Speech delivered to ‘Humanities in Public’ Grand Launch attendees, Thursday 19th September 2013:
It’s always been one of my major bugbears that you’re forced to make yourself either arty OR science-y. This starts back at school. The disciplines are presented as being mutually exclusive; as though creative and analytical thought always fits neatly in just one of two camps. And then you find that if you’re bad at one, it somehow makes you better at the other… You hear people saying things like I’m a writer, I’m rubbish with numbers! But why should this be true? I always think of Leonardo da Vinci and how he was a great mathematician, engineer, architect, painter… the list goes on. Where would they plonk him for his A-levels? In my opinion, constructing novels and short stories – and more on stories shortly – involves a kind of maths. You have x’s and y’s, point A’s and point B’s. If x happens at one point then y will be more effective at a later point. Things like pacing and drama are not moments of wild, arty abandon; they are strategic and technical.
The constant across the board is imagination – and by that I mean asking questions. Hypothesising is the same process wherever you find it. It’s about paying attention to what’s around you and wanting to stretch the limits, to see where things might go next, to understand more about how they’ve come to be at this point, in this particular shape.
That’s why this new festival will do great things. Empirical science might locate us in space, at one point, but the Humanities locate us in time, too. In history. In context. The Humanities give life a narrative. They satisfy the human desire for story. This isn’t just some whimsical desire, either. Things happen in the middle of other things. There is, to every story, to every “whole” – as Aristotle said – a beginning, a middle, and an end. This causality gives us our morality. It gives us our values and principles (the fear of death, of time running out – well, nothing makes you pull your socks up more than that one…). The Humanities highlight the fact that understanding is the goal of knowledge. They reveal and often dictate the decisions we make about the way we live our lives, they can expose the way we run our cities and governments – and, to boil it down to a crasser level, in this way they affect the way funding is apportioned to things like scientific research.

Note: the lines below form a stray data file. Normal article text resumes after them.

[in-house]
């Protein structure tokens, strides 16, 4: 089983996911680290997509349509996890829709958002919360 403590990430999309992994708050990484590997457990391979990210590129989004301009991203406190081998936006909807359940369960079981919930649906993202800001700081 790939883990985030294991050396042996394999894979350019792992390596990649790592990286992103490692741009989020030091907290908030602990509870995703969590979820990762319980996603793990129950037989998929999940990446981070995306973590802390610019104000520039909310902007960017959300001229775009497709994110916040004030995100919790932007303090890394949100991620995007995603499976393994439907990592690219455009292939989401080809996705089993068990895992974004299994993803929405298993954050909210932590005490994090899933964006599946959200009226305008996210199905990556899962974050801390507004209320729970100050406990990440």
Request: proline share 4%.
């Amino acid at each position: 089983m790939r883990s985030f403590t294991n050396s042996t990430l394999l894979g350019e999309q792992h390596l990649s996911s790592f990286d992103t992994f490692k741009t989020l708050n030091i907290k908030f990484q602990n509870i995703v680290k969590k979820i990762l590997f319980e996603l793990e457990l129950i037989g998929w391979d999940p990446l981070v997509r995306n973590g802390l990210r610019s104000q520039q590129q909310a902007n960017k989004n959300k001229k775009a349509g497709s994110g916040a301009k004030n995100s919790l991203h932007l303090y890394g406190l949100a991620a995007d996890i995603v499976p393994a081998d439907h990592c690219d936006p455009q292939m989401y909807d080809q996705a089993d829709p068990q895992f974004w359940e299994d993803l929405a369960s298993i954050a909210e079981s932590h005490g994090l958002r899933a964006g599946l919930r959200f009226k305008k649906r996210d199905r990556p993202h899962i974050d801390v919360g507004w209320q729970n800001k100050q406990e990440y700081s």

When Stephen Hawking said a few years ago that “philosophy is dead” I wondered – and not for the first time – what the hell he was on about. Don’t get me wrong, I love him, and I’m fascinated by so much of what he has to say, complex and brain-mashing as it is, but this seemed to me to be a problem of semantics as much as anything. He said that because philosophers aren’t using “hard evidence” provided by science they have fallen behind in terms of the credibility of their theories.
I have two issues with this: